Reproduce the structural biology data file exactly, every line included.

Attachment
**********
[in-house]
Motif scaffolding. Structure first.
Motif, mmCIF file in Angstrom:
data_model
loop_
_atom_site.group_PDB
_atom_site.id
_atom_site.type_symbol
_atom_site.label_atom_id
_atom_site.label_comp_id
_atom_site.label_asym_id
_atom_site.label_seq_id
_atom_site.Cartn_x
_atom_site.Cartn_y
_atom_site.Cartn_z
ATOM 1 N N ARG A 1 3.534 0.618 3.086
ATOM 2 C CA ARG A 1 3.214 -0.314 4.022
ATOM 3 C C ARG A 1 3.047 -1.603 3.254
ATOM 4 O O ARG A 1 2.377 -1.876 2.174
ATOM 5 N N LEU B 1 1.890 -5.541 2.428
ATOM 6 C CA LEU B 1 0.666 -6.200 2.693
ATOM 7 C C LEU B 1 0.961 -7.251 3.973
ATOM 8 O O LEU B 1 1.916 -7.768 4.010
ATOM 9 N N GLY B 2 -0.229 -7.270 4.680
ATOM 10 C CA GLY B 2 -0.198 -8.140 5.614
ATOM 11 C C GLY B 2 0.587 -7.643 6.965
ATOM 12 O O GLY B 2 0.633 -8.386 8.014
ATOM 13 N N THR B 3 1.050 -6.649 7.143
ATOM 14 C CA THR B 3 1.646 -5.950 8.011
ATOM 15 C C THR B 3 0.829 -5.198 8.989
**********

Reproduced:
[in-house]
Motif scaffolding. Structure first.
Motif, mmCIF file in Angstrom:
data_model
loop_
_atom_site.group_PDB
_atom_site.id
_atom_site.type_symbol
_atom_site.label_atom_id
_atom_site.label_comp_id
_atom_site.label_asym_id
_atom_site.label_seq_id
_atom_site.Cartn_x
_atom_site.Cartn_y
_atom_site.Cartn_z
ATOM 1 N N ARG A 1 3.534 0.618 3.086
ATOM 2 C CA ARG A 1 3.214 -0.314 4.022
ATOM 3 C C ARG A 1 3.047 -1.603 3.254
ATOM 4 O O ARG A 1 2.377 -1.876 2.174
ATOM 5 N N LEU B 1 1.890 -5.541 2.428
ATOM 6 C CA LEU B 1 0.666 -6.200 2.693
ATOM 7 C C LEU B 1 0.961 -7.251 3.973
ATOM 8 O O LEU B 1 1.916 -7.768 4.010
ATOM 9 N N GLY B 2 -0.229 -7.270 4.680
ATOM 10 C CA GLY B 2 -0.198 -8.140 5.614
ATOM 11 C C GLY B 2 0.587 -7.643 6.965
ATOM 12 O O GLY B 2 0.633 -8.386 8.014
ATOM 13 N N THR B 3 1.050 -6.649 7.143
ATOM 14 C CA THR B 3 1.646 -5.950 8.011
ATOM 15 C C THR B 3 0.829 -5.198 8.989